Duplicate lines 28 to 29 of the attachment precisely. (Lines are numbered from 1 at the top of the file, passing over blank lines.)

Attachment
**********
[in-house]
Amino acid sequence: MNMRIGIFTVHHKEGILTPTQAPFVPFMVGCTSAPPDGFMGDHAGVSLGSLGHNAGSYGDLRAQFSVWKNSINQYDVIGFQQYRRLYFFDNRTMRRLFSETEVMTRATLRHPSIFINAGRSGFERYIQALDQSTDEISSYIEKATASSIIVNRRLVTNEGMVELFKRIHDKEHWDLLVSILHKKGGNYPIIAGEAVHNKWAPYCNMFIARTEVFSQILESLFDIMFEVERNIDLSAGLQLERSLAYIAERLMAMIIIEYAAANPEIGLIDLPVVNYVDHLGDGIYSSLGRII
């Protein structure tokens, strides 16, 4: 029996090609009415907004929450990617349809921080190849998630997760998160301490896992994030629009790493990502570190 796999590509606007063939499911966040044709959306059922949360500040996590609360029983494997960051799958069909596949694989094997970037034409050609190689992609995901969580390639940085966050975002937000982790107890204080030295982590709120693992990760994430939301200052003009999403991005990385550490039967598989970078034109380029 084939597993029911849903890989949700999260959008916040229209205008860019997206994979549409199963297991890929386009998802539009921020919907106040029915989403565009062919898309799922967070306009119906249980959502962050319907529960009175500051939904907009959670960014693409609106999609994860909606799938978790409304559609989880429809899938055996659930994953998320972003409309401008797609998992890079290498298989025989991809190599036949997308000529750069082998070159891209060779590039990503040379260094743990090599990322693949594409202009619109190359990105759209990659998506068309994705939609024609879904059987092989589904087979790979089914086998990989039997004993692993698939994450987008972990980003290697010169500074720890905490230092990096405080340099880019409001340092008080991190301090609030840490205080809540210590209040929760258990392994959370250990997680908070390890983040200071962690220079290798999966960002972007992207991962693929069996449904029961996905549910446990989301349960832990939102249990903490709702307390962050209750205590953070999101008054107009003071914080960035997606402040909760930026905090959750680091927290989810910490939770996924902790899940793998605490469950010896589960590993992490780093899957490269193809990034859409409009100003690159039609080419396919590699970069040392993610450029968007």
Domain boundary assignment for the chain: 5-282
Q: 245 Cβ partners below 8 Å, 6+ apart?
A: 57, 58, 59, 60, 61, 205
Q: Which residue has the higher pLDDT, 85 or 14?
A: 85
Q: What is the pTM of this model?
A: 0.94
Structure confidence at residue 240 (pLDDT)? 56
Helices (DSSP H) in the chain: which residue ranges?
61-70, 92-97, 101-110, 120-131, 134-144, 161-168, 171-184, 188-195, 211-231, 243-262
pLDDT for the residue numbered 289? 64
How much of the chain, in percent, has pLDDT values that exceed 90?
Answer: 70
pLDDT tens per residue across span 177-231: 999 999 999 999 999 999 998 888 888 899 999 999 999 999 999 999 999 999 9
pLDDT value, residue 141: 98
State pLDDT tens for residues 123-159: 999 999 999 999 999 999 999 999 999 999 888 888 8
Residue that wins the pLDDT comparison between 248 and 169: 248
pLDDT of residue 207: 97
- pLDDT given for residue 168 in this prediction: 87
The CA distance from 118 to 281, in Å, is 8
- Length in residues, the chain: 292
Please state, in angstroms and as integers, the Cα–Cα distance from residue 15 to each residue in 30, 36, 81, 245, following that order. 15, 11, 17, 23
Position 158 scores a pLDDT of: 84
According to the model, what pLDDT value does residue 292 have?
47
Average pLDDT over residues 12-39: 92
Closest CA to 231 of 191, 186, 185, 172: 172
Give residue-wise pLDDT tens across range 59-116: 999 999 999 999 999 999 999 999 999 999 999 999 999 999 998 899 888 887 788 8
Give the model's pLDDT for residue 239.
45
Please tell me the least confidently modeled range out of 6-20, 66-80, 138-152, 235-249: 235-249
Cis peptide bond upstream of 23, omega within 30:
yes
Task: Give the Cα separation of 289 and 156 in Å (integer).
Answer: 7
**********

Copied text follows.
47
Average pLDDT over residues 12-39: 92